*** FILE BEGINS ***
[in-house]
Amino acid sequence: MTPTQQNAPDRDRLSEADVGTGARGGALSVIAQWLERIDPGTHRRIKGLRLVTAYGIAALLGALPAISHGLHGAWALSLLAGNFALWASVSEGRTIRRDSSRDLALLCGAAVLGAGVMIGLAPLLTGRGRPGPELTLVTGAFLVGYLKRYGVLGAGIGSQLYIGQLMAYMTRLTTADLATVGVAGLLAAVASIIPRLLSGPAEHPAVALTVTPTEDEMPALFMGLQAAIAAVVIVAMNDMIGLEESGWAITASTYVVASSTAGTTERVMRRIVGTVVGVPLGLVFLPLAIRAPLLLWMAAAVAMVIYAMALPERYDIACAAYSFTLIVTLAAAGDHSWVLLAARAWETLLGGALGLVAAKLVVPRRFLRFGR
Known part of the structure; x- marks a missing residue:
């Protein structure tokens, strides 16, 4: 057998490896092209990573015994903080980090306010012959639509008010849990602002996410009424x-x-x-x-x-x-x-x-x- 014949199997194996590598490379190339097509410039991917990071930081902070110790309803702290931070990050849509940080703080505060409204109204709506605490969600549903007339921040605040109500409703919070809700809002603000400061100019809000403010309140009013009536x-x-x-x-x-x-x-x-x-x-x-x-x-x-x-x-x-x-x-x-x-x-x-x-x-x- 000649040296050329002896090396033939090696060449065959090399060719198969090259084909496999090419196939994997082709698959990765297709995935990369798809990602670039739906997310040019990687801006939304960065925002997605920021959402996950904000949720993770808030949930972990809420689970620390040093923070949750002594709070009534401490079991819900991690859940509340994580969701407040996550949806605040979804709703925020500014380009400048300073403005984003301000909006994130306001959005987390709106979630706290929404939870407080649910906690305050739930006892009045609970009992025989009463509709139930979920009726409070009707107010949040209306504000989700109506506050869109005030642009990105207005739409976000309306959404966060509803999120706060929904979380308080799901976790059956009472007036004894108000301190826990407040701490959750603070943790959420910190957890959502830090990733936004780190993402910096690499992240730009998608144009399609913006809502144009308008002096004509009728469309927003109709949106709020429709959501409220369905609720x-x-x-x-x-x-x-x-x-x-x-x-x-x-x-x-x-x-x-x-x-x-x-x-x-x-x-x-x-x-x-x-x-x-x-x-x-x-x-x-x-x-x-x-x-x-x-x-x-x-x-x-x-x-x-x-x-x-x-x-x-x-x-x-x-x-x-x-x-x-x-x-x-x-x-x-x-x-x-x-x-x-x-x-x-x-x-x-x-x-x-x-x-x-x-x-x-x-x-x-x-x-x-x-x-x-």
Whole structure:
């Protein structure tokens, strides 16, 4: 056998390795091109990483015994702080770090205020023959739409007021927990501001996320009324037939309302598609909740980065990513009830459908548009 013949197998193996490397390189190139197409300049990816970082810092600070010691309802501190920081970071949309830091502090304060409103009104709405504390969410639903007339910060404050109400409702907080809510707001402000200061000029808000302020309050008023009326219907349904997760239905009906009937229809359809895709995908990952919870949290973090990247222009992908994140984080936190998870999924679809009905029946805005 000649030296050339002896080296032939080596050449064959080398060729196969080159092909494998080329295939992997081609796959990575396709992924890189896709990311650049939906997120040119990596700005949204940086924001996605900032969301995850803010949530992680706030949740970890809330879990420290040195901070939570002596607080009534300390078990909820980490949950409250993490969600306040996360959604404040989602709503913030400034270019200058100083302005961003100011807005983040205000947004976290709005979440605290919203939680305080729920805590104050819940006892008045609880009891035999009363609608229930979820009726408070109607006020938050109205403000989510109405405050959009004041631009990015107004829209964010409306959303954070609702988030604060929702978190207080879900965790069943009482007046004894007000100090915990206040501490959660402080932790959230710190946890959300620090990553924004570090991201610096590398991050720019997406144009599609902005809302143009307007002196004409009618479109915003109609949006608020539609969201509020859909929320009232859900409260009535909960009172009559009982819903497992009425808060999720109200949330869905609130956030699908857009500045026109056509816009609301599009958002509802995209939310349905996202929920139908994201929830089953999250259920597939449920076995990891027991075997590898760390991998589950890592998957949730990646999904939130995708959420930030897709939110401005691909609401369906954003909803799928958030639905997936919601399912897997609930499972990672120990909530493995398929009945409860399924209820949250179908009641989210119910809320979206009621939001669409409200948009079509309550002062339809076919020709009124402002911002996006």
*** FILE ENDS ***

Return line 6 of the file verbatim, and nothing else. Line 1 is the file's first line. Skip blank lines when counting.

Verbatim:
């Protein structure tokens, strides 16, 4: 056998390795091109990483015994702080770090205020023959739409007021927990501001996320009324037939309302598609909740980065990513009830459908548009 013949197998193996490397390189190139197409300049990816970082810092600070010691309802501190920081970071949309830091502090304060409103009104709405504390969410639903007339910060404050109400409702907080809510707001402000200061000029808000302020309050008023009326219907349904997760239905009906009937229809359809895709995908990952919870949290973090990247222009992908994140984080936190998870999924679809009905029946805005 000649030296050339002896080296032939080596050449064959080398060729196969080159092909494998080329295939992997081609796959990575396709992924890189896709990311650049939906997120040119990596700005949204940086924001996605900032969301995850803010949530992680706030949740970890809330879990420290040195901070939570002596607080009534300390078990909820980490949950409250993490969600306040996360959604404040989602709503913030400034270019200058100083302005961003100011807005983040205000947004976290709005979440605290919203939680305080729920805590104050819940006892008045609880009891035999009363609608229930979820009726408070109607006020938050109205403000989510109405405050959009004041631009990015107004829209964010409306959303954070609702988030604060929702978190207080879900965790069943009482007046004894007000100090915990206040501490959660402080932790959230710190946890959300620090990553924004570090991201610096590398991050720019997406144009599609902005809302143009307007002196004409009618479109915003109609949006608020539609969201509020859909929320009232859900409260009535909960009172009559009982819903497992009425808060999720109200949330869905609130956030699908857009500045026109056509816009609301599009958002509802995209939310349905996202929920139908994201929830089953999250259920597939449920076995990891027991075997590898760390991998589950890592998957949730990646999904939130995708959420930030897709939110401005691909609401369906954003909803799928958030639905997936919601399912897997609930499972990672120990909530493995398929009945409860399924209820949250179908009641989210119910809320979206009621939001669409409200948009079509309550002062339809076919020709009124402002911002996006």